First, WinCo is not operating under the radar. They are one of the best known grocers in the industry. What the article fails to mention is that WinCo probably has a huge advantage over other chains with regards to debt, rent and labor. Chains that resort to loyalty cards, coupons, games and gimmicks are often paying above market rents, have heavy debt loads and stuck with overpriced unproductive union labor. My guess is WinCo has none of that.

The best way to get a strong price advantage while also having good operations levels is to pay no rent for your store, never borrow money and be employee owned paying the lowest possible wages and providing bonuses based on profit. Works every time.

Tony Orlando
Guest
9 years 9 months ago

Keeping prices low and making the customers feel welcomed is something I respect. I wish them well, as it doesn’t take a Walmart to get customers in your door. More power to ’em.

Bill Emerson
Guest
Bill Emerson
9 years 9 months ago

There are, at least, two take-aways for a regional grocer. First, you cannot make your company successful with marketing, regardless of how pervasive or sophisticated. Secondly, competing strictly on price is a losing proposition. Eventually someone better capitalized will come along and take your business away.

As always, winning comes from offering your target customer something that the other guy cannot. This can be superior service, superior assortment, superior quality, a superior overall experience.

Ed Rosenbaum
Guest
9 years 9 months ago

I am a proponent of employee ownership. Look what it has done for Publix, especially in the earlier years. I am going to follow WinCo and see what I can learn from their business model.

M. Jericho Banks PhD
Guest
M. Jericho Banks PhD
9 years 9 months ago

I wonder how Trader Joe’s, Whole Foods, and Costco are doing against WinCo. Surprise! … quite well here in the Sacramento metro area. And, I suspect, everywhere else they are in direct competition. Each is unique, approaching the food business from an individual perspective and making it work.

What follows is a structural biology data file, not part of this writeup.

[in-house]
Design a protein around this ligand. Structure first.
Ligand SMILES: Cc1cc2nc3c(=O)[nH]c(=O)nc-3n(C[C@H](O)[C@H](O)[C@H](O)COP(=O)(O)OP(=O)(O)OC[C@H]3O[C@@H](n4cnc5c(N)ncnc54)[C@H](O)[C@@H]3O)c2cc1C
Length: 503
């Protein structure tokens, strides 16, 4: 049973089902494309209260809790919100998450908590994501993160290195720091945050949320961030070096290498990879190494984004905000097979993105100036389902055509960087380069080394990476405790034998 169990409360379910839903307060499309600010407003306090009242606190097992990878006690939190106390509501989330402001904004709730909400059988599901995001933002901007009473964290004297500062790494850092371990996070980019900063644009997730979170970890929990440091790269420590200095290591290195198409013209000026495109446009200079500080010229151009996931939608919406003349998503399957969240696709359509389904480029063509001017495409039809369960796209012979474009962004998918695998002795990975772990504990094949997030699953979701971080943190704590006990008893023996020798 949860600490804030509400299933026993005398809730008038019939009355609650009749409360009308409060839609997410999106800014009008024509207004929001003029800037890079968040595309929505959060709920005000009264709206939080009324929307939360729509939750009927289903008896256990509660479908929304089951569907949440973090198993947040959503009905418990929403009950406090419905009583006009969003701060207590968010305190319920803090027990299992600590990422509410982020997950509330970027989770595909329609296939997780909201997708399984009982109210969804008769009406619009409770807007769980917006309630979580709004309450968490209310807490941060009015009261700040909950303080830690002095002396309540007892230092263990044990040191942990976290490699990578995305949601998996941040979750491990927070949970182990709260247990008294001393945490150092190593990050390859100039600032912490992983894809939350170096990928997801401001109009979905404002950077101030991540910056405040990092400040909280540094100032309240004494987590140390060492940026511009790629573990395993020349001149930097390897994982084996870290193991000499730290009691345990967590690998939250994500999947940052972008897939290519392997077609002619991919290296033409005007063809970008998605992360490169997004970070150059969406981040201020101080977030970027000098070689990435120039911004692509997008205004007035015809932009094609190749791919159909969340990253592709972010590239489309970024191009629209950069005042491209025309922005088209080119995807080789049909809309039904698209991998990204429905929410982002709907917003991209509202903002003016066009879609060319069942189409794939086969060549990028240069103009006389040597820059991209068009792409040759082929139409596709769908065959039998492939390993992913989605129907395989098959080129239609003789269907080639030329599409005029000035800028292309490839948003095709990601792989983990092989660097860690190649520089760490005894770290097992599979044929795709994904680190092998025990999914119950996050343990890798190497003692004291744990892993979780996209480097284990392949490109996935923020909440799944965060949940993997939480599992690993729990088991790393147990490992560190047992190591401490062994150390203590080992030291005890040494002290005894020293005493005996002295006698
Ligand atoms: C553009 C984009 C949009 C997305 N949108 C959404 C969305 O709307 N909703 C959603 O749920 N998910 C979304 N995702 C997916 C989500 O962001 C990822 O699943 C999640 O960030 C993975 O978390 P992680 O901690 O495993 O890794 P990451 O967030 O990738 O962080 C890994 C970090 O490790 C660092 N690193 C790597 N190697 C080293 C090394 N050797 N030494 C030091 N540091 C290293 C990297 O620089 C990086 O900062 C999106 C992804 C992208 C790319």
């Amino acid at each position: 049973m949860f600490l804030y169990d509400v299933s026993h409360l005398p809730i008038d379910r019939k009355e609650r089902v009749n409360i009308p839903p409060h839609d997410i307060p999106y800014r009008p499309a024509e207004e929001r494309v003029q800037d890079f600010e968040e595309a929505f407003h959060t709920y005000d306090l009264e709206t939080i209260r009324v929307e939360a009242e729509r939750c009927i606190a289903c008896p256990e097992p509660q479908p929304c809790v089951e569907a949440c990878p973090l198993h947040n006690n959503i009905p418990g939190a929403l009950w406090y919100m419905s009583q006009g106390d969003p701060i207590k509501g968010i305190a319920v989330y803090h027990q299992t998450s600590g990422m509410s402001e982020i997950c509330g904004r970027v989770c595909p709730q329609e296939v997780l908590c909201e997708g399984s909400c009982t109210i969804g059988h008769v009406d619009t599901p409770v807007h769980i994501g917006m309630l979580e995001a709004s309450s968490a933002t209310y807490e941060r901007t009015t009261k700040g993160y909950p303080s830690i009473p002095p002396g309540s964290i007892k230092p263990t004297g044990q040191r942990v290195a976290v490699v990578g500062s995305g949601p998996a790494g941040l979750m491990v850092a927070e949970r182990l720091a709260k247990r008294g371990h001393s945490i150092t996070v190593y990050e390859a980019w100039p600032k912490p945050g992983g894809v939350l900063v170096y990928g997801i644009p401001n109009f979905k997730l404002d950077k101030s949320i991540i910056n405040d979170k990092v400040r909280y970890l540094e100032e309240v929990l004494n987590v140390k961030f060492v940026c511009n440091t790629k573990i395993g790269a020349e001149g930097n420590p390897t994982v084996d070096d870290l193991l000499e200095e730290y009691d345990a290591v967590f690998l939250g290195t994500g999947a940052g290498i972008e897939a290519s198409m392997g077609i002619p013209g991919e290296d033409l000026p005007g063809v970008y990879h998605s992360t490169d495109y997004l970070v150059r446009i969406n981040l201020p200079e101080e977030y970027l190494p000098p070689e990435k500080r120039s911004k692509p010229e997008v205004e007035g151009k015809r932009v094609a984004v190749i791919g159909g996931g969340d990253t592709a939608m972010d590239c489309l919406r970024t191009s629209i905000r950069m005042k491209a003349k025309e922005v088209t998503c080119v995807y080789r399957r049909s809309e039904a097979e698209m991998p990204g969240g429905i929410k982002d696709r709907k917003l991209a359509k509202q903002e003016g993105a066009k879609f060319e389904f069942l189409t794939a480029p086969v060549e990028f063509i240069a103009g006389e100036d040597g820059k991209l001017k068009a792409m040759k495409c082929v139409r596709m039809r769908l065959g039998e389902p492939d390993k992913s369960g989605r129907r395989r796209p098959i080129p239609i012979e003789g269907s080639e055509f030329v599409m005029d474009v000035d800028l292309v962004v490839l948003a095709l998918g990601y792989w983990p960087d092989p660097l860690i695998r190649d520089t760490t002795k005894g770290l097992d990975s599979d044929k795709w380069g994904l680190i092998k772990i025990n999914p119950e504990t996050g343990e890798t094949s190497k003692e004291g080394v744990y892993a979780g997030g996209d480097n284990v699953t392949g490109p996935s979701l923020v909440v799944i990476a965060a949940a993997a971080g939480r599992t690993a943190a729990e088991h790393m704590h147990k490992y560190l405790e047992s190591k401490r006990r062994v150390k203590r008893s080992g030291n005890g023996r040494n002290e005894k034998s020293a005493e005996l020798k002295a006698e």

Roger Saunders
Guest
9 years 9 months ago

I’ve never had occasion to visit a WinCo store, but I do know that the consumer in Boise, Idaho and other parts of the Northwest, have multiple reasons as to: “Why they shop a Grocery Store MOST often”. Each month, the Consumer Intentions & Actions (CIA) Survey points to 26 different “reasons”. Some of the reasons vary in importance for different retailers, but when all 8,500+ respondents’ figures are accumulated, reasons mentioned most are:

– Price 74.5%
– Location 71.1%
– Selection 57.3%
– Quality 47.9%
– Fresh Produce 32.0%
– One Stop Shopping 30.3%
– Service 28.6%
– Meat / Seafood 24.6%
– Store Layout 22.2%
– Trustworthy Retailer 21.0%
– Store Appearance 20.9%

Fifteen other areas of the store are covered in the survey. Based on Warren’s review, WinCo is certainly hitting the most relevant ones in the consumers’ hearts and minds. I especially like and admire the “roll up the sleeves” and getting to the store mentality of the executive team. Value and innovation are always created when an organization stays close to the customer.

Louis Mellet
Guest
Louis Mellet
9 years 9 months ago

During our recent fieldwork, we had the opportunity to spend considerable time studying the WinCo format with the objective of determining key margin strategies that makes the format so appealing to regional shoppers. A few of the more salient points, in brief:

1. Buy direct and transport directly to stores as much as possible.